Campers exposed by elements beyond the eclipse


The folks trying to sell campers a more comfortable night’s sleep did so a bit too loudly. The Swedes were adroit and a bit authoritarian. And the Japanese were wasteful, much to their hosts’ delight.

The community at Longyearbyen’s crowded campsite during Eclipse Week was frequently a study in polar opposites, starting with those braving the Arctic outdoors setting up their tents only a few hundred meters from the jets at the airport.

Longtime expedition experts competed for space with intrepid novices in common areas, and weather that was spectacular during the eclipse also inflicted hardships such as freezing and destroying the campsite’s water pipes the day before.

But for the most part, those trying to experience the eclipse on a budget nature and a few fellow campers.

“Overall most people were definitely quite courteous,” said Greg Goudey, who volunteered to help campsite attendant Juliane Opielka during the week.


An employee with the Swedish mattress company Hästens tries out their sleeping gear inside a large tent. The company’s active nightlife didn’t endear them to all of the fellow campers they were hoping to sell their products to, although the overall atmosphere of the campsite was described as friendly. Photo couresty of Hästens.

“I would say there was at least a good 70- to 75 percent of the people had never been here before,” he said. “They were all that same type – as soon as you say ‘polar bear’ people have this fascination and this fear at the same time.”

“It was entertaining to hear their enthusiasm. It wasn’t annoying. It was cool.”

The experienced group leaders overcame some harsh conditions, including a near-hurricane-force blizzard while setting up camp before most of their clients arrived. But that kind of assertiveness of the leader of a  Swedish group also caused some tension.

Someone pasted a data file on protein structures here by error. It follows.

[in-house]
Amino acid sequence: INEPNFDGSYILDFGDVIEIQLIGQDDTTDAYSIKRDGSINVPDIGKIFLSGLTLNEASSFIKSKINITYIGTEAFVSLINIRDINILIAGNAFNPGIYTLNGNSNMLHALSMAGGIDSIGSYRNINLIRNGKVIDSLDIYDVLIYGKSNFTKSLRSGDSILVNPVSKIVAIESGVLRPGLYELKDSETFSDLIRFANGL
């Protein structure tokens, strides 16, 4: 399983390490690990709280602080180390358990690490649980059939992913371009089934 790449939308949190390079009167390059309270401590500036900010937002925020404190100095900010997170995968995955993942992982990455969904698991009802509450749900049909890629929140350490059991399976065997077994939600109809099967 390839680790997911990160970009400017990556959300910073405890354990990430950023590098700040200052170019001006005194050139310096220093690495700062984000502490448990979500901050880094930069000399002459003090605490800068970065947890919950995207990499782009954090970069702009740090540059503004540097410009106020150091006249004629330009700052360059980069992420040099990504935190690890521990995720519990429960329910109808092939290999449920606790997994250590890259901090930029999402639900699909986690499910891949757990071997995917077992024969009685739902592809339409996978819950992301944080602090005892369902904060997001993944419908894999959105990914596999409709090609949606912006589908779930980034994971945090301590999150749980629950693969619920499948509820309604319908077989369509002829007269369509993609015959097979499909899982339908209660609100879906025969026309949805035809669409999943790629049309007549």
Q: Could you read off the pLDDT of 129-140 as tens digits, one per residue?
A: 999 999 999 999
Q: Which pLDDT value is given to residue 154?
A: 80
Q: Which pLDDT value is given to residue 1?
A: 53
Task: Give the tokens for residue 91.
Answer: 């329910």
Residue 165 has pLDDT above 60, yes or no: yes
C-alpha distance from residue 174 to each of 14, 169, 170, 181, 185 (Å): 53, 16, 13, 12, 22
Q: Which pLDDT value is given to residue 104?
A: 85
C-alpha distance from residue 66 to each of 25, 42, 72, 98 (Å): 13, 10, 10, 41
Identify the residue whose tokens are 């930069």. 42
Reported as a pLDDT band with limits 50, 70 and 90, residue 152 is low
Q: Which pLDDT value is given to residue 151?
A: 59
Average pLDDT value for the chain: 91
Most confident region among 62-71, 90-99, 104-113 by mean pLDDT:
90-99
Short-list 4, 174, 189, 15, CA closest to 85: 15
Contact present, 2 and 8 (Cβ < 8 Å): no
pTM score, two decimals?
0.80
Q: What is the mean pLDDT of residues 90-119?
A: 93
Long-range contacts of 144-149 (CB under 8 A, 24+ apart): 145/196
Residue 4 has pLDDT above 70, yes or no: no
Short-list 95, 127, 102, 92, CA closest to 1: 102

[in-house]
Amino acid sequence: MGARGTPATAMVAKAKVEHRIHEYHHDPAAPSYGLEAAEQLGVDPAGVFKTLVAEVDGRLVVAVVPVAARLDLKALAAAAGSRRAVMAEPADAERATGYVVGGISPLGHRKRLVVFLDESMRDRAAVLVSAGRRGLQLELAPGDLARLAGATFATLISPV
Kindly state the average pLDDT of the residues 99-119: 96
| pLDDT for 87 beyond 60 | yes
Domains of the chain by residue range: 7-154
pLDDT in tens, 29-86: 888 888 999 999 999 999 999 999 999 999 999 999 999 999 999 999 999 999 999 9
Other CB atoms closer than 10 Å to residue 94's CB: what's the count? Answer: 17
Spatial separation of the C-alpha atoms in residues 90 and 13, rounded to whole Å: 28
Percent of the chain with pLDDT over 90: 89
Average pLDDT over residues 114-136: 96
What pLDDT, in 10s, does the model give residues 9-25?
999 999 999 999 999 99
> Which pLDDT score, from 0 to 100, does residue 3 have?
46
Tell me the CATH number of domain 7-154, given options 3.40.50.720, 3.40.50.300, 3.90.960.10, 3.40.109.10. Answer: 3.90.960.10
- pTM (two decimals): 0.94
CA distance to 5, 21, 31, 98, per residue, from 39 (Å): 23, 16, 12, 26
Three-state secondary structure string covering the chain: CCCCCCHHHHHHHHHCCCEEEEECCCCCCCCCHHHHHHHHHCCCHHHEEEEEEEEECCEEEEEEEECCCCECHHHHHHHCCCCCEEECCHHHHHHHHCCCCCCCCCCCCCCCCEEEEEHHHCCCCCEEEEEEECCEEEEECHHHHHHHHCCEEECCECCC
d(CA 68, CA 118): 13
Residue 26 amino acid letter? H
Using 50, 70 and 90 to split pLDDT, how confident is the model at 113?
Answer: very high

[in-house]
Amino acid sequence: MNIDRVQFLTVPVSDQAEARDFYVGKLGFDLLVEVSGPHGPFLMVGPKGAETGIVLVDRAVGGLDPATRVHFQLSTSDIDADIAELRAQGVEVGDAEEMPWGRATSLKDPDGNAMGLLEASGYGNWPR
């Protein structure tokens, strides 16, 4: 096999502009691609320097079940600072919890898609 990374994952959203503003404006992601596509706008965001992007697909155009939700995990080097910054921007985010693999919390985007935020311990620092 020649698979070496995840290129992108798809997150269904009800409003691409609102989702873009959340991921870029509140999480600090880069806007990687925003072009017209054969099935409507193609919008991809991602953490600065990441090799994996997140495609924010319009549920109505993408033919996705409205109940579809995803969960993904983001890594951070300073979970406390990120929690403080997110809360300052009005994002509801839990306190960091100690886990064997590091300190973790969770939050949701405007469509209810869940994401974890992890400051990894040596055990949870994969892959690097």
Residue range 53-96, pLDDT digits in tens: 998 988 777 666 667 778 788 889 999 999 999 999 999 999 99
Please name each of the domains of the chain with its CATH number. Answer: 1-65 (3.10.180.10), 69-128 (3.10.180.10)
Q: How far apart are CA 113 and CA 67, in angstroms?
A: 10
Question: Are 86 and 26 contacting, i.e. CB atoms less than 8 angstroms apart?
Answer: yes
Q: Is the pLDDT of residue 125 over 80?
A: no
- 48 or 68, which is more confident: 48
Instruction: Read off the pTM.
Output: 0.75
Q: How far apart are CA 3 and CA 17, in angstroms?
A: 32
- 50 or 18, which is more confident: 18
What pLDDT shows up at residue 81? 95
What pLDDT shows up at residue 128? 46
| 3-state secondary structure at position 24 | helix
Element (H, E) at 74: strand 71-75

“He kind of came in and more or less took over the place while he was there,” Goudey said.

“It wasn’t in  a way that was rude, but it was so in your face it was in a way everyone didn’t know to react.”

Another Swedish group – one decidedly lacking in Arctic experience – consisted of employees with the Hästens mattress factory, who tried to use the trip to pitch its product to campers uncomfortable on the frozen tundra. But while they were serious about selling slumber, others at the campsite said the company reps were a bit rowdy when it was actually time to go to sleep.

But one group who did deliver the gift of a good night’s rest – both during Eclipse Week and for future campers – was a Japanese delegation who brought five new four-person expedition-quality tents and donated them to the campsite when they departed. Goudey, who spent three nights in one of the tents, said they will be rented out to future campers who are either lacking or don’t want to carry their own.

“It was like luxury accommodations, although it was still cold,” he said.